Seeing the Truth
One day, a friend lent me a book by Master Okawa and urged me to read a particular section. It was about the financial issues of a married couple.
“ When the wife’s earning power surpasses that of her husband’s, meaning, she makes more money than he does, from what I’ve seen, more than 80% of such couples end up in divorce or something similar.”
“This is about us,” I thought. There had been a time when I had been earning more than he was.
“ Competition between a husband and wife can turn the home into a living hell.”
That revelation was like a crack to the head. I had started the job at the insurance company in order to help repay the debts, but my pride in being able to manage both the housework and the job had unknowingly turned into feelings of competition.
“ If you’re always thinking, “The reason why my job is going so well is because my husband is so understanding,” and if you are always voicing this, then rivalry would not arise between you.”
It struck me that I had never really thanked my husband. “I should try to be more caring…” I thought. At the next opportunity, I tried: “Do you want coffee?” “Huh?” Uh yeah, thanks.” He looked surprised, but when I tried to be nice, he was nice too. I gradually began to believe that the principle, “the other person changes when you change,” might be true.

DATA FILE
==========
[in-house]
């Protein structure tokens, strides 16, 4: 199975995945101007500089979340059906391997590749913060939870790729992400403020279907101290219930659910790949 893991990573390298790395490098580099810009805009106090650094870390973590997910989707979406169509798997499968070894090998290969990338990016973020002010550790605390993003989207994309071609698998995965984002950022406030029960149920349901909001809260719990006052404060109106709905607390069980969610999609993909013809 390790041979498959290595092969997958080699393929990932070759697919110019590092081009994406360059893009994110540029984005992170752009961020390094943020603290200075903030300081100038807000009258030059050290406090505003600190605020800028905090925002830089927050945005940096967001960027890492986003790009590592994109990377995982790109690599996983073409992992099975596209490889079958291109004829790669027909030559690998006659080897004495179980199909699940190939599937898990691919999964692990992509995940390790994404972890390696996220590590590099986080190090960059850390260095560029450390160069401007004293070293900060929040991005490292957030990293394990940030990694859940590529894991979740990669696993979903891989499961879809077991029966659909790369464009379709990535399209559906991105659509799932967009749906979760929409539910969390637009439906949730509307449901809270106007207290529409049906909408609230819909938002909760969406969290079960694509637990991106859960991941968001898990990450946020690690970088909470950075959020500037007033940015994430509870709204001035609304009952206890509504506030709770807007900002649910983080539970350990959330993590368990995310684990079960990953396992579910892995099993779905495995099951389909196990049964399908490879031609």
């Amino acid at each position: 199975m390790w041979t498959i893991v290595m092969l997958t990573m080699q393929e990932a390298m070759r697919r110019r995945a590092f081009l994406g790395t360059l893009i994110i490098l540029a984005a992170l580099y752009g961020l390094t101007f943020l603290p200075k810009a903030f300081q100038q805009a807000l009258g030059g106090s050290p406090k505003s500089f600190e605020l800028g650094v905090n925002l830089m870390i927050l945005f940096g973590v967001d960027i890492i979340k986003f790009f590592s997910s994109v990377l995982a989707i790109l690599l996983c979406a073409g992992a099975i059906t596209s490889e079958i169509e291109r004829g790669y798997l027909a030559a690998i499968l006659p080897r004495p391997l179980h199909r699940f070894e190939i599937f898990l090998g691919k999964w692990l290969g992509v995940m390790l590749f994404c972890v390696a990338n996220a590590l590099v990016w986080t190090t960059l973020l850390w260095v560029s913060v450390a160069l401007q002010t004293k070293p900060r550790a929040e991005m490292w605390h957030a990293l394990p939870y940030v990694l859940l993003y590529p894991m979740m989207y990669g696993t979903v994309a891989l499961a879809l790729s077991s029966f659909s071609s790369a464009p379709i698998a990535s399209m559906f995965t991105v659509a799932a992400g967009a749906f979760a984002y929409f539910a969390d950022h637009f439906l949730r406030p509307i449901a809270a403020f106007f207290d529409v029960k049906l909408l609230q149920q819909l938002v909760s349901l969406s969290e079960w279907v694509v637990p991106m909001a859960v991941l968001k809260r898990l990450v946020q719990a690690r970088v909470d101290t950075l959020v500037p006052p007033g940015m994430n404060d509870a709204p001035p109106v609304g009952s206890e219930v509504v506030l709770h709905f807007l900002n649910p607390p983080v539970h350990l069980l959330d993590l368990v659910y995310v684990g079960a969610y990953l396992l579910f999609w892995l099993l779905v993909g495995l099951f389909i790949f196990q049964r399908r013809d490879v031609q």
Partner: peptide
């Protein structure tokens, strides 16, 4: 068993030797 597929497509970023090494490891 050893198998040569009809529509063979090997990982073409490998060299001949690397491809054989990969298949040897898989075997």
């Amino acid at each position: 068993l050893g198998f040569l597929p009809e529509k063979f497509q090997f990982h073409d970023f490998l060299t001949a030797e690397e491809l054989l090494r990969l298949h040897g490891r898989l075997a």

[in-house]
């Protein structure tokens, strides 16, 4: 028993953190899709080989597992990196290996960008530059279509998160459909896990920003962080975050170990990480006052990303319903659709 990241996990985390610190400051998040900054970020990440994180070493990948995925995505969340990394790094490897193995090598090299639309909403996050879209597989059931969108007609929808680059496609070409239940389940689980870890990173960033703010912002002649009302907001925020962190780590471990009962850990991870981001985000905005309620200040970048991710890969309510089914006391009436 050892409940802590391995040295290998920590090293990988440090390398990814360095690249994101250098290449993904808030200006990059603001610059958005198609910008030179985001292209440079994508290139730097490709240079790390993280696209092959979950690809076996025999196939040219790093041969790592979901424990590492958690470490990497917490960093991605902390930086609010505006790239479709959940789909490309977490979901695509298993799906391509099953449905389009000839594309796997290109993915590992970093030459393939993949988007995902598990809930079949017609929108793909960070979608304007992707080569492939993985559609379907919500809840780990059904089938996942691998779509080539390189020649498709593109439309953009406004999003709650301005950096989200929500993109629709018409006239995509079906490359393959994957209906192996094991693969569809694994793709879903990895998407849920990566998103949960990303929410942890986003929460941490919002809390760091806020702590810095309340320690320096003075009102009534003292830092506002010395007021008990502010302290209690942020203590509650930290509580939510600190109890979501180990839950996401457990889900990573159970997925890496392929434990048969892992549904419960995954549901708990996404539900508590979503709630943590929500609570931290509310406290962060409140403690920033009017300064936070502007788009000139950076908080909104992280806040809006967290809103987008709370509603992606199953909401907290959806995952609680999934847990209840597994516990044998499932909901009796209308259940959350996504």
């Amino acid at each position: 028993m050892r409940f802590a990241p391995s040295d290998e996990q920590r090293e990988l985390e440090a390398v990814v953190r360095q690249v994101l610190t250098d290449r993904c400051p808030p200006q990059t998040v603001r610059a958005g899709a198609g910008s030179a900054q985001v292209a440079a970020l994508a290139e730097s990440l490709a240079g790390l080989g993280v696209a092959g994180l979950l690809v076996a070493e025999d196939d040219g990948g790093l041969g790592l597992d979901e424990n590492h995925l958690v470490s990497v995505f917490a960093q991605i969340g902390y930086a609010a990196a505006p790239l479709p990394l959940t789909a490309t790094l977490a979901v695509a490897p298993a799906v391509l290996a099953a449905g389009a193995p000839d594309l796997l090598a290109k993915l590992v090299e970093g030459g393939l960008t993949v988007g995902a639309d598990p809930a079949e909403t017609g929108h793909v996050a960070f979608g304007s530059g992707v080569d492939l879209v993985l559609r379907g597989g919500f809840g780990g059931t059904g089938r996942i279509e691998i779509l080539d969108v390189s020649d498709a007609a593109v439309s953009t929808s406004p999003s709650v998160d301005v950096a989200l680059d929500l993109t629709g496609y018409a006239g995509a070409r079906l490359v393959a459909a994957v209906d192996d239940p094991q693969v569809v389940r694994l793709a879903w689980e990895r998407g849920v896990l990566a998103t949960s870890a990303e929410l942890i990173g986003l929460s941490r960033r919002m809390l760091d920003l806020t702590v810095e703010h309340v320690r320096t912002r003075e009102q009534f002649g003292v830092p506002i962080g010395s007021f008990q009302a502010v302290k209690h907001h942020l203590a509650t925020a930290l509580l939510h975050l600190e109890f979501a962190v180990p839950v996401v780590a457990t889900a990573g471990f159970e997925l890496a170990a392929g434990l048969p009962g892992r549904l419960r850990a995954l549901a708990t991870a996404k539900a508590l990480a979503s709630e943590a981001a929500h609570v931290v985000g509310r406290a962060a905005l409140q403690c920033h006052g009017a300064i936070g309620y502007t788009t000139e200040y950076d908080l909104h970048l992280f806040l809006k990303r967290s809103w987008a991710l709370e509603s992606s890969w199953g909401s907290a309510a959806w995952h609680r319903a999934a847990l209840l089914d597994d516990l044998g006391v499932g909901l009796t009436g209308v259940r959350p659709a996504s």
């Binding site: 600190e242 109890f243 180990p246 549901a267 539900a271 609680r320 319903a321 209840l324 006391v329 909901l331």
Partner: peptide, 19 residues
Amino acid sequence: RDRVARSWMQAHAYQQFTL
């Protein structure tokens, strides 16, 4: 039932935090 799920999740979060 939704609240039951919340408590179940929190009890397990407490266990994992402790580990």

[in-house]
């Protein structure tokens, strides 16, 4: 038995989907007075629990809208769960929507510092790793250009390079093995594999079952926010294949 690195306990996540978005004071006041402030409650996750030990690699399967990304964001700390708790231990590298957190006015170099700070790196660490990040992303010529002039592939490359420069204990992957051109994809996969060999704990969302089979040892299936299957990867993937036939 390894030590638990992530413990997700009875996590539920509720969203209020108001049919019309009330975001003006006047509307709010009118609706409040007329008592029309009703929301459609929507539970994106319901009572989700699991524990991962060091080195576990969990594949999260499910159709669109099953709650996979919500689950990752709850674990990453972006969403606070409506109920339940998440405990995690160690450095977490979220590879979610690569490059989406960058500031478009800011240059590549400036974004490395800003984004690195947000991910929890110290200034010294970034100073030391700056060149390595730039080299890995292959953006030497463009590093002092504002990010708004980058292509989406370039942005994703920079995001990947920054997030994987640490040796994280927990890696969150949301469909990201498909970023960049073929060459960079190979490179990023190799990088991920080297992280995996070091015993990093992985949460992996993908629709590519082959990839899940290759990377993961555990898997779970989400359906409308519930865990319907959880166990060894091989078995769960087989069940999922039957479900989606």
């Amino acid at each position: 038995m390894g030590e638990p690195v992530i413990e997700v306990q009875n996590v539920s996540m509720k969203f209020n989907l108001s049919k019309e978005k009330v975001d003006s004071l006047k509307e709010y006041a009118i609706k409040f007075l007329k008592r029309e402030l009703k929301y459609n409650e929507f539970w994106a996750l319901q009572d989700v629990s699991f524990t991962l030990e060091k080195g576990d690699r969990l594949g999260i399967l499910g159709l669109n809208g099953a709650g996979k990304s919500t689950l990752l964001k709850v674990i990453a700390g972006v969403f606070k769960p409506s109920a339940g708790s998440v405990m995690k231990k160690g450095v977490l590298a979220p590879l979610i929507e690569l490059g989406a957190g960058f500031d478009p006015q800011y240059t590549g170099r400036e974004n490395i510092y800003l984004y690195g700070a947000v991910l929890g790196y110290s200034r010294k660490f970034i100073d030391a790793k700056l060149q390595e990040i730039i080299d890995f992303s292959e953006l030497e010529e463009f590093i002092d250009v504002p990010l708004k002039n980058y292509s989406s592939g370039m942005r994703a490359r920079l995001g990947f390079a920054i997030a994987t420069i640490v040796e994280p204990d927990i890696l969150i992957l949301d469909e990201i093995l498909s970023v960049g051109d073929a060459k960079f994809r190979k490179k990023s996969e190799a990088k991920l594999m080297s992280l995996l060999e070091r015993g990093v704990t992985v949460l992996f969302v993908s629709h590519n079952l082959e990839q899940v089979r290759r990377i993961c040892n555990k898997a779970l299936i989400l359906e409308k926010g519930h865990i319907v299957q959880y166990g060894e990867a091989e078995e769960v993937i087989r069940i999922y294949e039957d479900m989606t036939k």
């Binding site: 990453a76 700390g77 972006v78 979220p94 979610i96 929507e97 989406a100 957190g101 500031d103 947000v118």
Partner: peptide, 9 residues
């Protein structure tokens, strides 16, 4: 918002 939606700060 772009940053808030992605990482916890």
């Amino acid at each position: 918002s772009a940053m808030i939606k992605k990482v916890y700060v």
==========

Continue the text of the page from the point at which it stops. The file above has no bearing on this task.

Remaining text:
The turning point came at a Happy Science seminar I participated in. I was remembering how our relationship had soured, how I had changed jobs for the sake of both of us but how he didn’t like it. How could he be m ad when I was working so hard? That had made me angry and I had stopped ca ring about him. But then I suddenly recalled him saying he wanted to finish paying the house loan quickly… He wasn’t careless with money
and, thinking back, that failed investment was the first and last money problem. That’s when I realized he hadn’t spent the money on a whim. He had done it because he wanted to lessen the burden of the house loan, to lessen the burden on me. All the while I had been concerned only about the money and had never stopped to consider his feelings. I felt deeply ashamed of my arrogance.